Verizon Strike

August 5, 2011 by staff 

Verizon StrikeVerizon Strike, In what is becoming a war of words between both sides, Verizon Communications Fios and employees are on the verge of an attack.

The company says it is trying to return health care to reflect the changing face of the telecommunications industry as more consumers of wireless technology. But union leaders say that Verizon has a lot of money and only jobs are attacking the middle class.

Verizon employees who work on cable lines, represented by the Communications Workers of America and International Brotherhood of Electrical Workers, which voted to allow union leaders to authorize a strike as soon as the current contract expires at 12: 01 am Sunday. The decision to call a strike would affect 45,000 employees of Verizon from Massachusetts to Virginia.

“This is definitely a tactic in our arsenal,” said CWA spokesman Bob Master of New York hearing the case in the northeast. “We have distributed posters from Massachusetts to Virginia.”

Labor and management blamed each other for what has led the company to the brink of its first strike since 2000. Verizon said the union disagrees with the employee contribution to 100 per month for health care. Employees are not required to pay contributions prior health. The union is saying, however, that Verizon wants to cut the employee pension and health benefits, along with the time limitation of disease to five days per person and the institution of merit pay.

“What we’re seeing is a sweeping attack on middle-class jobs to Verizon,” said Master.

Verizon spokesman John Bonames disagrees, noting that Verizon pays each worker on average, 75,000 and 50,000 with a benefits package. He offered no verification of these figures.

“This is a work of very solid middle class and we want to keep the jobs of the middle class,” he said. “The building communities.”

Bonames said the company focuses on the 100 a month health care payment put in place. He said the company has been happening and 4 billion a year – and 400,000, or an hour – in health spending in recent years. He said the company other 135,000 employees contribute to their health care costs. He declined to say how not Verizon and other Verizon Wireless employees covered by union pay for health care.

Bonames said the decision to seek health care focuses on returns the changing face of the telecommunications industry.

“More and more people go to wireless technology or get their telecommunications services from other providers,” said Bonames. “These kinds of changes in our business and the unions require us to make some tough decisions.”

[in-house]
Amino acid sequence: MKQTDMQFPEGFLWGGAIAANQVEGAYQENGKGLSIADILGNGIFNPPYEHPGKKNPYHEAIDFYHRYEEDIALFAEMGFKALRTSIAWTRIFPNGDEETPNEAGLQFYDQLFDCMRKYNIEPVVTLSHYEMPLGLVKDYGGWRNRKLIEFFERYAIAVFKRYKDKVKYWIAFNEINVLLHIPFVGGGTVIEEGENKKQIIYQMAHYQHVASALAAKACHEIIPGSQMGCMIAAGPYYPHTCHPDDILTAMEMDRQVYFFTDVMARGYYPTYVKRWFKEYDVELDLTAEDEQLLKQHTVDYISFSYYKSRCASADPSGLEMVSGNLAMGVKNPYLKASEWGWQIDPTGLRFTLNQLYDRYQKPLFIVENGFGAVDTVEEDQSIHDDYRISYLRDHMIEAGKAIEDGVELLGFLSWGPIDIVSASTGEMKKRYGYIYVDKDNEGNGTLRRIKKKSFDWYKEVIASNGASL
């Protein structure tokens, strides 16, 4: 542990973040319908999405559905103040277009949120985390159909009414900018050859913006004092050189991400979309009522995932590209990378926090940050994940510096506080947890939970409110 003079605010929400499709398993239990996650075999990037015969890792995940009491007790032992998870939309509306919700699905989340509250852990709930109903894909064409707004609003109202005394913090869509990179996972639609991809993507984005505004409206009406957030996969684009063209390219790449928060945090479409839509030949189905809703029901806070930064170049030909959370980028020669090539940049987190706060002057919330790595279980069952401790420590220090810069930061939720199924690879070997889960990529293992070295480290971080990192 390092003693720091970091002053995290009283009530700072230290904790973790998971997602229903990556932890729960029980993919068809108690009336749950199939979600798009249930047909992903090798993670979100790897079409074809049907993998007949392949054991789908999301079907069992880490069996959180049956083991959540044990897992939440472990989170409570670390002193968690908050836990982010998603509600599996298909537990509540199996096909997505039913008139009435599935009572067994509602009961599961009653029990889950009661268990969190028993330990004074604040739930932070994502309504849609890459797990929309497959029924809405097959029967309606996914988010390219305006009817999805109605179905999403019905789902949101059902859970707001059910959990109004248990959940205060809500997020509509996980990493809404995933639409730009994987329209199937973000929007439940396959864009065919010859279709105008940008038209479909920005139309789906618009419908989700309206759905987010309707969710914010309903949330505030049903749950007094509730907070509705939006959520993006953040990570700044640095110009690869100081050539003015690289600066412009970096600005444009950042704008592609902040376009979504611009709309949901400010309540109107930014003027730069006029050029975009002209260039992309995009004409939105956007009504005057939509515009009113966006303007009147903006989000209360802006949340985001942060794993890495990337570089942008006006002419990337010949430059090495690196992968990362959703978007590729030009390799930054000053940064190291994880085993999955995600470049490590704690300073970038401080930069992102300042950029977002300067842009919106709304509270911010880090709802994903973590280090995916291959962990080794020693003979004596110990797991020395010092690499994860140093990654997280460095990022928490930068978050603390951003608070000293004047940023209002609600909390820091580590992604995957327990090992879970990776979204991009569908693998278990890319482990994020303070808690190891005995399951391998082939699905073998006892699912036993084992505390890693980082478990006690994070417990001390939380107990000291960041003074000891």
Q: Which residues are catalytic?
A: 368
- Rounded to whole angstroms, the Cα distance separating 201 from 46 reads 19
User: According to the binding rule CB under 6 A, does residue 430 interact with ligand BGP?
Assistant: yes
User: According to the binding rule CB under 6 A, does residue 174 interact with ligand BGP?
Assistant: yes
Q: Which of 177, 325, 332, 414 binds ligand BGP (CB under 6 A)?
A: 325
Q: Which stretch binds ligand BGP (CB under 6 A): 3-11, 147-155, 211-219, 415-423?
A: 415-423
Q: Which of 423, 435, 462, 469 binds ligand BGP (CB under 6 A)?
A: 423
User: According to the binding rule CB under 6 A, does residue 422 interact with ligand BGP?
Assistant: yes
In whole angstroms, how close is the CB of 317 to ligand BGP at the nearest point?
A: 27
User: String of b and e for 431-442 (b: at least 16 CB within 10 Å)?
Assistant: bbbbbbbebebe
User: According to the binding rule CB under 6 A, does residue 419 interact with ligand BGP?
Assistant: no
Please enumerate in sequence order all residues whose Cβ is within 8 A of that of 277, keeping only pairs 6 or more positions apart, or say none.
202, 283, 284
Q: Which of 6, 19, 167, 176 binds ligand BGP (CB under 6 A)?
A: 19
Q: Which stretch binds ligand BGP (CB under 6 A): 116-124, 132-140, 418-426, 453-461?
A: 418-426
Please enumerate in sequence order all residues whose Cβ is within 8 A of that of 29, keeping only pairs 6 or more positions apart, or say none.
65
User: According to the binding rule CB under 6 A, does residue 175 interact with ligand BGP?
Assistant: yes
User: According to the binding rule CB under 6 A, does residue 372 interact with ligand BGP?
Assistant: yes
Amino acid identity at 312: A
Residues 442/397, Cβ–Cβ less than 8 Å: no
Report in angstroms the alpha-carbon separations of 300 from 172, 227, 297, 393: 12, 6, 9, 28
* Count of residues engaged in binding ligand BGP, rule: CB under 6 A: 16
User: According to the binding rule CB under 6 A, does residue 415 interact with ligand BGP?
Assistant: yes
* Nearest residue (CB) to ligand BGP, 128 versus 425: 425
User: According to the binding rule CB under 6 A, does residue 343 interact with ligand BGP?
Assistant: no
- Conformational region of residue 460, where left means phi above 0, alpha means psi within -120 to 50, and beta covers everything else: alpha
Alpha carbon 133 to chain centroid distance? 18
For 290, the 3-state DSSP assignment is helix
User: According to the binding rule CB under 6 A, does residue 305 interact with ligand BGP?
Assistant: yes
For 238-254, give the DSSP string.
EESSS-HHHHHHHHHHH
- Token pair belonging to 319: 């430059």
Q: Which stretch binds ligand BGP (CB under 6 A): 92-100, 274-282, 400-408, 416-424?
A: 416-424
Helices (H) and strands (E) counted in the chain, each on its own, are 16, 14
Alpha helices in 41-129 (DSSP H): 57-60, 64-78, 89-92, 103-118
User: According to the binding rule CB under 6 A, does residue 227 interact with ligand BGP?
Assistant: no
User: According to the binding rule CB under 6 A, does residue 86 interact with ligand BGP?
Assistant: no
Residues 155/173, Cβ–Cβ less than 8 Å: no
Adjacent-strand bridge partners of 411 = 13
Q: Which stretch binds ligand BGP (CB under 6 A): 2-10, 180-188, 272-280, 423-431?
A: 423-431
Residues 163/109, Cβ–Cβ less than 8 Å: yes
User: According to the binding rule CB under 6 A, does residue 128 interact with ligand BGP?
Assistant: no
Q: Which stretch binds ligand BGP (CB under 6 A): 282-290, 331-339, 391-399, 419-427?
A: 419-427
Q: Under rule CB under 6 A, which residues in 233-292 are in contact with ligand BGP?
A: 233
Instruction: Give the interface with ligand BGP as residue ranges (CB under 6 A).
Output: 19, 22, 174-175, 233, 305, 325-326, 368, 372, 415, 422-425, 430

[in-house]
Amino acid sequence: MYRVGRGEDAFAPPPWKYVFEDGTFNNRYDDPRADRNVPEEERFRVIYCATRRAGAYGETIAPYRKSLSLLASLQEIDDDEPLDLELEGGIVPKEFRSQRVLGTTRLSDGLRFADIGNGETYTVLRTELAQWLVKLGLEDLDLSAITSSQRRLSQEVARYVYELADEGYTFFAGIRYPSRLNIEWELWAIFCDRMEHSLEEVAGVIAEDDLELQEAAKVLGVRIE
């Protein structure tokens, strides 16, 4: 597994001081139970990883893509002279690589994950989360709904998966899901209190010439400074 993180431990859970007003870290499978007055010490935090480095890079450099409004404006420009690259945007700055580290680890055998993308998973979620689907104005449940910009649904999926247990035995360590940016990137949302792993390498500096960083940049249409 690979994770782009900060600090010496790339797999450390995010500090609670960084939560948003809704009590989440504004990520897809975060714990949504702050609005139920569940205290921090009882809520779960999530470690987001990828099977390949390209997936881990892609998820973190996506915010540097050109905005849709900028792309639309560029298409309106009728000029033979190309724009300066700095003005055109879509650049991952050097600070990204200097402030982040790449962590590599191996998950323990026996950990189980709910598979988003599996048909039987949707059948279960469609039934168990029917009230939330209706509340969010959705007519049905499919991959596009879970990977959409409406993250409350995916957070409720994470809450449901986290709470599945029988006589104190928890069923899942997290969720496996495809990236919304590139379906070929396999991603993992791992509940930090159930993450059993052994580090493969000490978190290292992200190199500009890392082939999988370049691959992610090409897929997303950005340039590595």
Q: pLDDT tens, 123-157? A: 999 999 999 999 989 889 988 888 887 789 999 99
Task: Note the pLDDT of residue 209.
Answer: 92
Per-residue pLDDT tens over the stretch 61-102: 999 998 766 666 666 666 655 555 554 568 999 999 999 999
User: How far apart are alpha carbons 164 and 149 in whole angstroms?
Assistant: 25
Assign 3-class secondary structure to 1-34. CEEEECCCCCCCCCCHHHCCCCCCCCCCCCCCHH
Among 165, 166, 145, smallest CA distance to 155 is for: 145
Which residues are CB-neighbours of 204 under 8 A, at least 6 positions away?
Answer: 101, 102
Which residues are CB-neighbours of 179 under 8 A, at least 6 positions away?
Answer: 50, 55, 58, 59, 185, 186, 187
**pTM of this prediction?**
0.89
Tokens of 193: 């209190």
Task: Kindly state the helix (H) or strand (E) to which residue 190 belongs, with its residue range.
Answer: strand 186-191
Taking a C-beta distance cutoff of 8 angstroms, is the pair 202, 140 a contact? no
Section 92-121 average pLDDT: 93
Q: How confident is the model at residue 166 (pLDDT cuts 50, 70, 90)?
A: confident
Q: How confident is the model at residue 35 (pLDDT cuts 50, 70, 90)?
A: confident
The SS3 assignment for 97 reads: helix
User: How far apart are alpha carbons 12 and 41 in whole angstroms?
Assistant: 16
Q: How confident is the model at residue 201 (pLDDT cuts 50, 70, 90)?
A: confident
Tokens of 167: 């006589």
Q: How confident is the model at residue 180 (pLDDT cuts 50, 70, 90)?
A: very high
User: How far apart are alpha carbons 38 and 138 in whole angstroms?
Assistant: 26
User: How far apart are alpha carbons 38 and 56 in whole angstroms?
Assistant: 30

Master instead a picture of a business empire that focuses on big profits and executive compensation packages at the expense of workers. He said that Verizon has done and 22.5 billion in the last four years and has spent millions of dollars in compensation for the top five executives.

Verizon also blamed for jobs outsourcing of wire rope from Mexico and India and the dismissal of U.S. workers.

Master said the union is seeking concessions to limit outsourcing management, along with pensions and benefits remain intact. He also said that the unions would like to see Verizon to bring outsourced jobs to the United States.

Bonames declined to detail the exact plans that Verizon is offering at the bargaining table. He also refused to go into the details of the company’s plans for health and respond to the allegations of the Master.

“I realize what they are saying and some may be true, but we will not go into the details of the proposals,” he said. “We have a contract proposal that we believe is fair and reasonable. It’s comparable to competing companies. That is the best measure.”

Bonames said Verizon is preparing contingency plans in case of strikes. He declined to discuss details of the plans, but said that will repair cable, FiOS services and operators to be in place in case of trade union leaders to authorize a strike.

“It is for unions to decide if they want to inconvenience our customers,” he said.

Bonames not know the number of customers who may be affected.

Master said the union does not believe that a strike would have an impact on public perception, noting that a recent survey conducted Union leaders said the public would support a strike.

“We just surveyed public opinion in Massachusetts to Virginia and the public clearly understand that if a strike is a greedy company that is trying to destroy the middle-class jobs at a time that they are making tens of millions profits. I do not see a backlash. The public understands that workers do not take lightly the risk of a strike. It’s risky and dangerous. ”

The last Verizon strike in 2000 lasted 15 days. In 1989, the company strike lasted 17 weeks. A strike of 1971 to participate in & T before the seven-month assignment.

Master stressed that union leaders on whether the strike would occur have made no final decision. He said it was possible an attack could occur sometime after the contract expires on Sunday.

“Our leadership may decide that early August is not the best time for a strike,” he said.

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